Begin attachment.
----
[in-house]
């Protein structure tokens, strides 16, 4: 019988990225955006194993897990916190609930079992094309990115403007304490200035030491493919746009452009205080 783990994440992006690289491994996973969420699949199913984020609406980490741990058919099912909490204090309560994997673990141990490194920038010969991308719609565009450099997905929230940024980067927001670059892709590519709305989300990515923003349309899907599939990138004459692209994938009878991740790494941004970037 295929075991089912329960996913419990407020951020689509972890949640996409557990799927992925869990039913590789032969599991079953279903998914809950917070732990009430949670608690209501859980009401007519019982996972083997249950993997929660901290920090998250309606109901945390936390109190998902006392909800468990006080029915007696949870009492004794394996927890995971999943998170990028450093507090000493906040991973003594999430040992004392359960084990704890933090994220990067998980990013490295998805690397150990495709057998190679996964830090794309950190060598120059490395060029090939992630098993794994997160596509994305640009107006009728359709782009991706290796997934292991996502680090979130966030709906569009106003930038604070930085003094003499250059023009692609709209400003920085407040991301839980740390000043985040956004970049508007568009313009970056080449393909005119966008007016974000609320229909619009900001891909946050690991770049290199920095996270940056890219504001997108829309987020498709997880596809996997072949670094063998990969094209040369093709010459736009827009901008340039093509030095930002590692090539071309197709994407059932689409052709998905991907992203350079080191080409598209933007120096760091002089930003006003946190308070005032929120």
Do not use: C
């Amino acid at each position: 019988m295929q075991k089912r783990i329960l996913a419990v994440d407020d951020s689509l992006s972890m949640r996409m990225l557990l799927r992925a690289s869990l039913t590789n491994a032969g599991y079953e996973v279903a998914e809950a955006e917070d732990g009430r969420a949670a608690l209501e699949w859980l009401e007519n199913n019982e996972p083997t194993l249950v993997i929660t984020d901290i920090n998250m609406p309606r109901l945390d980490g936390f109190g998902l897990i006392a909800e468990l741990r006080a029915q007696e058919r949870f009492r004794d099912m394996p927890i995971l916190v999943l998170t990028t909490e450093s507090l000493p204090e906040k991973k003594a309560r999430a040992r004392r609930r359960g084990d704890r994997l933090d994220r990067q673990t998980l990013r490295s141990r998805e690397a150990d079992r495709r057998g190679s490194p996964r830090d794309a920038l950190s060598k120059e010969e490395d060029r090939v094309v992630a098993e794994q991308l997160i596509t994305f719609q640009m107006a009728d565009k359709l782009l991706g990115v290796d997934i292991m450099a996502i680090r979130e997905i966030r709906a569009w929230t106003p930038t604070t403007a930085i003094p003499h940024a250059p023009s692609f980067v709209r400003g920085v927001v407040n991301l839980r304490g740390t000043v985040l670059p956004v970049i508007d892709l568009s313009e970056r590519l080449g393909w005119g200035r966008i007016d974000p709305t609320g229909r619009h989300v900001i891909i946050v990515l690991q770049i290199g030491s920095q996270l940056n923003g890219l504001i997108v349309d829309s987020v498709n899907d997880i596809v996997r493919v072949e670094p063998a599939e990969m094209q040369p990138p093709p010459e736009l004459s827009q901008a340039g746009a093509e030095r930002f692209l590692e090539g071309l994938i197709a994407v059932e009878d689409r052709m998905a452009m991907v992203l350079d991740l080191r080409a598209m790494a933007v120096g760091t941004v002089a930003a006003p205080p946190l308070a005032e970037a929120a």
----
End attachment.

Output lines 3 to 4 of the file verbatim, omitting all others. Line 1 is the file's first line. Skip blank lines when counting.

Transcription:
Do not use: C
């Amino acid at each position: 019988m295929q075991k089912r783990i329960l996913a419990v994440d407020d951020s689509l992006s972890m949640r996409m990225l557990l799927r992925a690289s869990l039913t590789n491994a032969g599991y079953e996973v279903a998914e809950a955006e917070d732990g009430r969420a949670a608690l209501e699949w859980l009401e007519n199913n019982e996972p083997t194993l249950v993997i929660t984020d901290i920090n998250m609406p309606r109901l945390d980490g936390f109190g998902l897990i006392a909800e468990l741990r006080a029915q007696e058919r949870f009492r004794d099912m394996p927890i995971l916190v999943l998170t990028t909490e450093s507090l000493p204090e906040k991973k003594a309560r999430a040992r004392r609930r359960g084990d704890r994997l933090d994220r990067q673990t998980l990013r490295s141990r998805e690397a150990d079992r495709r057998g190679s490194p996964r830090d794309a920038l950190s060598k120059e010969e490395d060029r090939v094309v992630a098993e794994q991308l997160i596509t994305f719609q640009m107006a009728d565009k359709l782009l991706g990115v290796d997934i292991m450099a996502i680090r979130e997905i966030r709906a569009w929230t106003p930038t604070t403007a930085i003094p003499h940024a250059p023009s692609f980067v709209r400003g920085v927001v407040n991301l839980r304490g740390t000043v985040l670059p956004v970049i508007d892709l568009s313009e970056r590519l080449g393909w005119g200035r966008i007016d974000p709305t609320g229909r619009h989300v900001i891909i946050v990515l690991q770049i290199g030491s920095q996270l940056n923003g890219l504001i997108v349309d829309s987020v498709n899907d997880i596809v996997r493919v072949e670094p063998a599939e990969m094209q040369p990138p093709p010459e736009l004459s827009q901008a340039g746009a093509e030095r930002f692209l590692e090539g071309l994938i197709a994407v059932e009878d689409r052709m998905a452009m991907v992203l350079d991740l080191r080409a598209m790494a933007v120096g760091t941004v002089a930003a006003p205080p946190l308070a005032e970037a929120a």